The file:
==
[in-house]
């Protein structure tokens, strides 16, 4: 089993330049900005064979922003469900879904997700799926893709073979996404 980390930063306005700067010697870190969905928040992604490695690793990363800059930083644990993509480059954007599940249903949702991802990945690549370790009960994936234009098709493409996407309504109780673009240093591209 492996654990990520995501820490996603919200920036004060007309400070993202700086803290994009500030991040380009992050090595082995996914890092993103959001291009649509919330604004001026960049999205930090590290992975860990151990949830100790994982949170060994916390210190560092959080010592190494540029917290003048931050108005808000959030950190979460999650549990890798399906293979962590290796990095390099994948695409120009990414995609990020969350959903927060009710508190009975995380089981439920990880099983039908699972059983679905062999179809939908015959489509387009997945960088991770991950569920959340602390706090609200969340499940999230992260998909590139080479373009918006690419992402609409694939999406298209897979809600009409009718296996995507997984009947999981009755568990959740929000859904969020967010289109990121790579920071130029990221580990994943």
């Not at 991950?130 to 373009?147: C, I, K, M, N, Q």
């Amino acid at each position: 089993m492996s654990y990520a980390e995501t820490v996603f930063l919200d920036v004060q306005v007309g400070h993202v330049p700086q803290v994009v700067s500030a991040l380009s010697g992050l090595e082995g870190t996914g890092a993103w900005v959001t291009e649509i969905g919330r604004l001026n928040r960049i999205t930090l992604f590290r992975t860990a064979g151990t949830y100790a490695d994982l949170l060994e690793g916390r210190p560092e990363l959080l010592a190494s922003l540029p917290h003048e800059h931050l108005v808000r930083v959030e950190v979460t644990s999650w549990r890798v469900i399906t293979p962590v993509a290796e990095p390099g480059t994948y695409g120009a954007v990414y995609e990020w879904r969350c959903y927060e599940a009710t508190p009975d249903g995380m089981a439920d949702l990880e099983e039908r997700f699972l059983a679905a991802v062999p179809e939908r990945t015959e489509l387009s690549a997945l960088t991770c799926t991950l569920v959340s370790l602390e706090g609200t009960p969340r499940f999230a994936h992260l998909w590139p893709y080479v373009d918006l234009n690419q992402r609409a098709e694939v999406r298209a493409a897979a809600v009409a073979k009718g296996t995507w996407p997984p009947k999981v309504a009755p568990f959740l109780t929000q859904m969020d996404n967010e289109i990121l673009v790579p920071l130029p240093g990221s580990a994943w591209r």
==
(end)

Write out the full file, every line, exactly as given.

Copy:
[in-house]
């Protein structure tokens, strides 16, 4: 089993330049900005064979922003469900879904997700799926893709073979996404 980390930063306005700067010697870190969905928040992604490695690793990363800059930083644990993509480059954007599940249903949702991802990945690549370790009960994936234009098709493409996407309504109780673009240093591209 492996654990990520995501820490996603919200920036004060007309400070993202700086803290994009500030991040380009992050090595082995996914890092993103959001291009649509919330604004001026960049999205930090590290992975860990151990949830100790994982949170060994916390210190560092959080010592190494540029917290003048931050108005808000959030950190979460999650549990890798399906293979962590290796990095390099994948695409120009990414995609990020969350959903927060009710508190009975995380089981439920990880099983039908699972059983679905062999179809939908015959489509387009997945960088991770991950569920959340602390706090609200969340499940999230992260998909590139080479373009918006690419992402609409694939999406298209897979809600009409009718296996995507997984009947999981009755568990959740929000859904969020967010289109990121790579920071130029990221580990994943």
């Not at 991950?130 to 373009?147: C, I, K, M, N, Q």
């Amino acid at each position: 089993m492996s654990y990520a980390e995501t820490v996603f930063l919200d920036v004060q306005v007309g400070h993202v330049p700086q803290v994009v700067s500030a991040l380009s010697g992050l090595e082995g870190t996914g890092a993103w900005v959001t291009e649509i969905g919330r604004l001026n928040r960049i999205t930090l992604f590290r992975t860990a064979g151990t949830y100790a490695d994982l949170l060994e690793g916390r210190p560092e990363l959080l010592a190494s922003l540029p917290h003048e800059h931050l108005v808000r930083v959030e950190v979460t644990s999650w549990r890798v469900i399906t293979p962590v993509a290796e990095p390099g480059t994948y695409g120009a954007v990414y995609e990020w879904r969350c959903y927060e599940a009710t508190p009975d249903g995380m089981a439920d949702l990880e099983e039908r997700f699972l059983a679905a991802v062999p179809e939908r990945t015959e489509l387009s690549a997945l960088t991770c799926t991950l569920v959340s370790l602390e706090g609200t009960p969340r499940f999230a994936h992260l998909w590139p893709y080479v373009d918006l234009n690419q992402r609409a098709e694939v999406r298209a493409a897979a809600v009409a073979k009718g296996t995507w996407p997984p009947k999981v309504a009755p568990f959740l109780t929000q859904m969020d996404n967010e289109i990121l673009v790579p920071l130029p240093g990221s580990a994943w591209r």